Proposed changes to income tax basis periods delayed by a year

Alexandra Docherty

Alexandra Docherty

Partner and Head of Private Client Tax

A new Government proposal, which will impact the tax position of unincorporated businesses, trusts and partnerships unless their accounting period is already aligned with the tax year end, has been delayed by a year. The proposal aligns with the Government’s plans for Making Tax Digital (MTD) for income tax, which has also been delayed by a year until April 2024.

The Government published a consultation and draft legislation in late July 2021 proposing “a simplification of the income tax system to support small businesses, helping them spend less time filing their taxes and making the rules fairer, more logical and easier to understand”.

This reform was originally due to come into effect in the 2023/24 tax year, but the Government has now announced that reform will not happen before April 2024, with the transition not before 2023/24.

Once implemented, the reform effectively means that all businesses (including sole traders, trading partnerships and trading LLPs) will be taxed on profits arising in the tax year (tax year basis) by 2024/25 rather than under the current system where profits are taxed on the business’s normal accounting year (current year basis).  This will remove the issue of overlap profits and overlap relief, which the Government claims leads to mistakes being made in tax returns. 2023/24 will be a transitional year allowing the move from current year basis to tax year basis, as explained below.

Current rules

Currently, unincorporated businesses, such as sole traders and partnerships, including LLPs, are taxed on the profit or loss for the 12 months ending with the accounting date which falls in the tax year, which is known as the ‘current year basis’.

For example a business with the accounting year end 30 April 2021, would be taxed on this income in the 2021/22 tax year.

Specific rules determine the basis period during the early years of trading.

Where the accounting year end date is not 5 April / 31 March, for the first three years of trade, the rules can create overlapping basis periods, which charge tax on profits twice and generate ‘overlap relief’. Relief for these double taxed profits is given when the business ceases, changes its accounting date or when the partner leaves the partnership / LLP.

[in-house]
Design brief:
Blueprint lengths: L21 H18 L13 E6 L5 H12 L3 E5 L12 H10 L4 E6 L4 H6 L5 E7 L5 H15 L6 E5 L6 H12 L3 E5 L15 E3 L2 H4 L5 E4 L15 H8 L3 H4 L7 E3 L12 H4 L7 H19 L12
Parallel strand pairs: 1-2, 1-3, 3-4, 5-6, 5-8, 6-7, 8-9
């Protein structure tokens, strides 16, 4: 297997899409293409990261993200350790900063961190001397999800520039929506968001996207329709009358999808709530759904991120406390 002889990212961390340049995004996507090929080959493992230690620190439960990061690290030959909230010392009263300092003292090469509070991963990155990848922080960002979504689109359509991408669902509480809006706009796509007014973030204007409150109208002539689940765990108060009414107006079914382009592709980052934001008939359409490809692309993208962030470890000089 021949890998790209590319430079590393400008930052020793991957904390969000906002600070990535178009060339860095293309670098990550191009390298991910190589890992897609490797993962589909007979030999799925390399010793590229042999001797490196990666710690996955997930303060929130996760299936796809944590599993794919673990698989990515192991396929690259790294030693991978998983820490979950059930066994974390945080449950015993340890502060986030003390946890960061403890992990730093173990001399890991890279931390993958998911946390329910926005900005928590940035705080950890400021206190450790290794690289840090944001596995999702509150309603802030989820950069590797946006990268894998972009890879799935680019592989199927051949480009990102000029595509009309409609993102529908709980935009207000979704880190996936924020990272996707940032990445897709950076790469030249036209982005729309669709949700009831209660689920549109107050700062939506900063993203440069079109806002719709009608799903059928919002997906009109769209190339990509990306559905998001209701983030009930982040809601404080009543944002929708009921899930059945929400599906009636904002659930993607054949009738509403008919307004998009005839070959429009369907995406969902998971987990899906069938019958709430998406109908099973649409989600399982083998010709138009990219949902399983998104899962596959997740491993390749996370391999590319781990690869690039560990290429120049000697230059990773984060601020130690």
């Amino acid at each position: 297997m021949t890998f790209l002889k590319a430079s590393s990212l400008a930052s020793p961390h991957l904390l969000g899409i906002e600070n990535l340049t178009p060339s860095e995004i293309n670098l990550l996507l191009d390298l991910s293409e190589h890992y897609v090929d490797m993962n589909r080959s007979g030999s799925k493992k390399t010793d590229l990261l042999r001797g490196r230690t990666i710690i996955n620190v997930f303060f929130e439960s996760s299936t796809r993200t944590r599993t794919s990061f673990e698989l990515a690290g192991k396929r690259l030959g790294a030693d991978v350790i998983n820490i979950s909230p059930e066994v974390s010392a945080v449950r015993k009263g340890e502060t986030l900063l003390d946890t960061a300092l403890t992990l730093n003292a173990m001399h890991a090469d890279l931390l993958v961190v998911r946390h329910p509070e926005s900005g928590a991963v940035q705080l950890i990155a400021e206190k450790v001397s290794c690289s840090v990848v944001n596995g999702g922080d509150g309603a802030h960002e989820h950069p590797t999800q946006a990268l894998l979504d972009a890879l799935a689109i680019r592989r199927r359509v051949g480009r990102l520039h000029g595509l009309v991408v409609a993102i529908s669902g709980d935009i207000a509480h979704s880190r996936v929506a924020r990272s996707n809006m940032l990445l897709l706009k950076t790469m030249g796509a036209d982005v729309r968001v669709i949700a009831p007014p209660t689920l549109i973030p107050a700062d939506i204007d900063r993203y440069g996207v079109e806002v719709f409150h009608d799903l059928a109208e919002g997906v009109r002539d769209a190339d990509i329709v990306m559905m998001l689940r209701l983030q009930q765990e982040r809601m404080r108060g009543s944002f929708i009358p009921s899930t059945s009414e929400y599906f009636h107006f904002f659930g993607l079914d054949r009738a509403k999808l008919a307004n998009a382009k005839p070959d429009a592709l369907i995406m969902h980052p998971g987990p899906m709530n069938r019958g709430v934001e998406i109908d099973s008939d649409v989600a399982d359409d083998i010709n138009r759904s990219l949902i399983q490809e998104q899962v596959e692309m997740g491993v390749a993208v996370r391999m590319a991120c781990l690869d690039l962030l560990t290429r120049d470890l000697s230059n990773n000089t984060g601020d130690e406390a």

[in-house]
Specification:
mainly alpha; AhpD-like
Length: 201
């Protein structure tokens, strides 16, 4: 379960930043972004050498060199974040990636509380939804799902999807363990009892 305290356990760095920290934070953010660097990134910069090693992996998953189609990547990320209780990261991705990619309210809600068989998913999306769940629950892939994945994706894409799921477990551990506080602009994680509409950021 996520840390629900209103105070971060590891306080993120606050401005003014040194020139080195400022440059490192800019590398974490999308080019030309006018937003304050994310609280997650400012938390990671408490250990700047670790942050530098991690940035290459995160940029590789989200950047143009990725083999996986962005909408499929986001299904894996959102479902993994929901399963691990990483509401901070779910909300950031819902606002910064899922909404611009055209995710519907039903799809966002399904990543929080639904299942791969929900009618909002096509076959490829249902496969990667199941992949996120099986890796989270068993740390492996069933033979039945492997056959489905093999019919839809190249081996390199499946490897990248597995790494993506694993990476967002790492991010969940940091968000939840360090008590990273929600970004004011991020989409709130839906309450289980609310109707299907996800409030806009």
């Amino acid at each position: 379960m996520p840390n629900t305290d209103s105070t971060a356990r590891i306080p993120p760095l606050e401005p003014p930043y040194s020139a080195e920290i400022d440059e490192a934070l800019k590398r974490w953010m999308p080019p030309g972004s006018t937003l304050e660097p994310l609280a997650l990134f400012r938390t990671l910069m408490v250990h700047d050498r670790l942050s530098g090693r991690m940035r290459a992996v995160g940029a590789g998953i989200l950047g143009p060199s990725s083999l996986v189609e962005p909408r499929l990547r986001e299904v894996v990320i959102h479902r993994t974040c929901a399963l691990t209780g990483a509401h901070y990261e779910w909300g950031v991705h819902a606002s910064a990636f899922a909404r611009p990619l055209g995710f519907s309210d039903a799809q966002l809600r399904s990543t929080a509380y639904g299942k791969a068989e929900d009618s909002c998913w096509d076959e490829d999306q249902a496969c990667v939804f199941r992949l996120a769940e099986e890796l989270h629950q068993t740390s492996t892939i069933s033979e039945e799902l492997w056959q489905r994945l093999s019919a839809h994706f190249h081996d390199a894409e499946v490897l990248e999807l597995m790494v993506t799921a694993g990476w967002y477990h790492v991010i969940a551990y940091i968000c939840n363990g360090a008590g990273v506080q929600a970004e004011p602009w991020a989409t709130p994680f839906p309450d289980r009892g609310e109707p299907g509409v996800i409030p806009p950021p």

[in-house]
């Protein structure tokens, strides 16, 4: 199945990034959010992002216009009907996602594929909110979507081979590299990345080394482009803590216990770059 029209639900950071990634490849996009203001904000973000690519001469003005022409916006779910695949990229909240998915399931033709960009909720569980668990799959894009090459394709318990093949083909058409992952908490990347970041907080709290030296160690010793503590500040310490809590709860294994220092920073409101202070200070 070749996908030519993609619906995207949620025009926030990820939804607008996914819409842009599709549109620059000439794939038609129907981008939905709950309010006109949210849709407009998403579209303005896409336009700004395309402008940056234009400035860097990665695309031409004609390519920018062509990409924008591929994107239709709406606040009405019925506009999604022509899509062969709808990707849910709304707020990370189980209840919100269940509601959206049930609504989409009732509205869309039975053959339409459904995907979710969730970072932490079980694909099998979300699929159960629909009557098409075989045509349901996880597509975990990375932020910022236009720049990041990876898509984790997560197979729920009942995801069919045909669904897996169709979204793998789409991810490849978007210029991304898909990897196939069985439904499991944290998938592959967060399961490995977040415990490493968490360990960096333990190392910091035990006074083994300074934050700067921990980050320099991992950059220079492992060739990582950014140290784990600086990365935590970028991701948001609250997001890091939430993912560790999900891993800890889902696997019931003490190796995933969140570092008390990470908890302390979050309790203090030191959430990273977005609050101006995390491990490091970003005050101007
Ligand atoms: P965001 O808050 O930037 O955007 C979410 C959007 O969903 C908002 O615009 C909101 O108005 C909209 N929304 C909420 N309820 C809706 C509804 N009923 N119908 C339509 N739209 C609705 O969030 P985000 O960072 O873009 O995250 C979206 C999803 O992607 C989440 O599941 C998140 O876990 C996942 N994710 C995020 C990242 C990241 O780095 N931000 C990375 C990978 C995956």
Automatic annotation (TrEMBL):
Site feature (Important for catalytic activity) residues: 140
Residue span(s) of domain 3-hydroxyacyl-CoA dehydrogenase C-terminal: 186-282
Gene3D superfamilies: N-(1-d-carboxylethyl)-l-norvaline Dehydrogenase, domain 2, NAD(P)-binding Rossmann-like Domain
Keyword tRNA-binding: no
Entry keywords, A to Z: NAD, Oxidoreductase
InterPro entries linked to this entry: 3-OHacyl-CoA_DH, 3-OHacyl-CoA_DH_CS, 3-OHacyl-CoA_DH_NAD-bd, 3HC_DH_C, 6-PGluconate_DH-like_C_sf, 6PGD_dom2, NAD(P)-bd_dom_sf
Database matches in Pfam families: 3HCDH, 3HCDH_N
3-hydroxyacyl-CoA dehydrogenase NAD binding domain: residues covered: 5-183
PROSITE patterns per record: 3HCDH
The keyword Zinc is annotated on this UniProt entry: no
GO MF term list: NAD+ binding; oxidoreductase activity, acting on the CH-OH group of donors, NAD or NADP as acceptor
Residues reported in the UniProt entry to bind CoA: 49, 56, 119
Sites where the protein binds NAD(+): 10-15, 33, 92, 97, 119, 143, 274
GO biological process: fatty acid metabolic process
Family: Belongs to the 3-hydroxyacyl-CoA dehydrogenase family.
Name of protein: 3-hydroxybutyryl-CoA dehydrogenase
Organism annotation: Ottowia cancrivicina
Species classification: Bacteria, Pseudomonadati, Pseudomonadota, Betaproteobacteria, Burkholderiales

Proposed changes

Regardless of a business’s accounting year end, from 2024/25, profits will be taxed on a tax year basis. Taking the example of a business with an accounting year end of 30 April, profits would be assessed as follows:

Tax yearBasis periodDescription
2020/21Year ended 30 April 2020Current year basis
2021/22Year ended 30 April 2021Current year basis
2022/23Year ended 30 April 2022Current year basis 
2023/24Year ended 30 April 2023 plus
Period ended 5 April 2024 less
Overlap relief
Current year basis element
Transitional year basis element
2024/25Year ended 5 April 2025Tax year basis

Where profits of the transitional element exceed overlap profits, the Government is proposing to allow taxpayers to spread those profits over a period of five years.

The effect of the rules will mean that a business's profit or loss is the profit or loss arising in the tax year itself, regardless of its accounting date. This may lead new businesses to adopt a 31 March / 5 April year end date and existing businesses to change theirs to a tax year end also. Where businesses continue to use a non-tax year end accounting date, profits will need to be apportioned and reported provisionally on tax returns if final figures are not known before the filing date. This is likely to result in more administration time for businesses and their advisers, particularly for those businesses which have accounting dates later in a tax year.

By way of example, if a business reports profits to 30 November each year, for tax year 2024/25 the 2024/25 return will need to report pro-rated profits for the 8 month period from 1/4/24 – 30/11/24 (from the accounts for the year to 30 November 2024) plus pro-rated profits for the 4 month period from 1/12/24 - 31/3/25 (from the accounts for the year to 30 November 2025). For the accounting date of 30 November 2025, this would mean completing accounts and tax computations within a very short period to allow the 2024/25 tax return to be lodged by 31 January 2026, or using estimated figures which would need to be amended at a later date, resulting in late payment interest and penalties being charged where profits are underestimated.

Issues to be aware of

There are a significant number of tax, accounting and management issues to be aware of and plan for around these changes including:

  • Considering whether to change your accounting date to 31 March to avoid apportioning profits of different accounting years on tax returns
  • Managing cash flows for tax particularly in the transitional period
  • Ensuring your records are up to date as far as overlap relief is concerned
  • Consideration of spreading transitional element profits to manage amongst other things, cliff edge tax rates, High Income Child Benefit Charges, loss of personal allowances and pensions annual allowance entitlement
  • Being aware of risk of introducing provisional figures in tax returns (risk of late payment interest etc and extending HMRC enquiry window) 

Get in touch

This reform represents big changes for businesses, and thorough planning will be required. For more information or to discuss your requirements, please get in touch with me or your usual Johnston Carmichael contact.

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